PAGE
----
The operators of the community-based free sites receive $0 per user, yet show no signs of abandoning their nodes. For them, Wi-Fi is a valuable marketing tool. Phil Lavigna, who operates Little Italy WiFi in San Diego, says that setting up a Wi-Fi node is fairly cheap, and with it comes the opportunity to communicate with users via the splash page, the first Web page users see when signing on. What’s more, free Wi-Fi offers good public relations to the community Lavigna’s business, Color Graphics, serves.
“This section of San Diego is a tight-nit urban neighborhood,” Lavigna said. “It’s compact, with a lot of pubs, cafes, and coffee shops, and there are a plenty of young, tech-savvy people patronizing those businesses. Free Wi-Fi is something I can offer to make our community that much more appealing.”
Lavigna has no desire to compete with the Boingos or Cometas of the world. With a free service, he doesn’t have to worry about Quality of Service (QoS), billing or roaming. He simply has a low-cost Linux-based system that gives his neighbors an easy way to check e-mail or browse the Web while enjoying their morning lattes. “If someone comes to me and wants a guaranteed level of service, or a certain amount of bandwidth or security, I’ll direct them to one of the fee-based sites. There are plenty around here,” he said. “We can coexist with the paying services because we serve much different needs.”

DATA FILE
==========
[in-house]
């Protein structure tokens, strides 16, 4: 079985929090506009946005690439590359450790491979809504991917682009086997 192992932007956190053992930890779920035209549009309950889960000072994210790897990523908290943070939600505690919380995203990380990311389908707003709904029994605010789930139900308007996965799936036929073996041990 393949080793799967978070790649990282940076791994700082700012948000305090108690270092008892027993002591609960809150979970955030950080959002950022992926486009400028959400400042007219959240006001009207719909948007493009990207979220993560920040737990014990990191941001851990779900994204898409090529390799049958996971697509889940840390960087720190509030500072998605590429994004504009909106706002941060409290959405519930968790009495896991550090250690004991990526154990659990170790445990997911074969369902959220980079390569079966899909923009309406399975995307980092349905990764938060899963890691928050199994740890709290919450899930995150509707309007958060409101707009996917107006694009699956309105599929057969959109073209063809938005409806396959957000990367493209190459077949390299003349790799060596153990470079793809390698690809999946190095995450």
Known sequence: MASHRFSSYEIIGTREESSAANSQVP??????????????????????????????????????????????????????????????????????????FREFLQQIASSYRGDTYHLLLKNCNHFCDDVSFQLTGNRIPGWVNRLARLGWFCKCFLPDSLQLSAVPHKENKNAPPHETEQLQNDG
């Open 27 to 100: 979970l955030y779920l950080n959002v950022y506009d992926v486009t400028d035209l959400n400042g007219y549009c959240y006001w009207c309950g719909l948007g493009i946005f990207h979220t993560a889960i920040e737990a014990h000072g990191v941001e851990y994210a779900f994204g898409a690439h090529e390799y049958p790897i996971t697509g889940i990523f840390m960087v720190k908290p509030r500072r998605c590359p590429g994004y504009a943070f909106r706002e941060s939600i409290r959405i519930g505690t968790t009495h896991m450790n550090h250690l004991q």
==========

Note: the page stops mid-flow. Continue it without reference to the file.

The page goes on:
Even so, cost-conscious road warriors will be able to skirt the for-pay services, instead relying on an ever-expanding network of free locations. But this doesn’t necessarily mean that wireless ISPs (WISPs) are doomed. Pyramid’s Yunker believes that Wi-Fi will be offered as an amenity at many locations, especially in hotels and chain restaurants, and while amenity services may technically be free to the end user, some company has to exist in the background to work out the roaming agreements and security concerns for public-space, business-class wireless access. Users will seek out a service that provides a consistent look and feel across its many locations, and one that shields them from configuration burdens, he said. “In a couple of years, I wouldn’t be surprised to see business travelers choosing their hotels based on the availability of a particular Wi-Fi service.”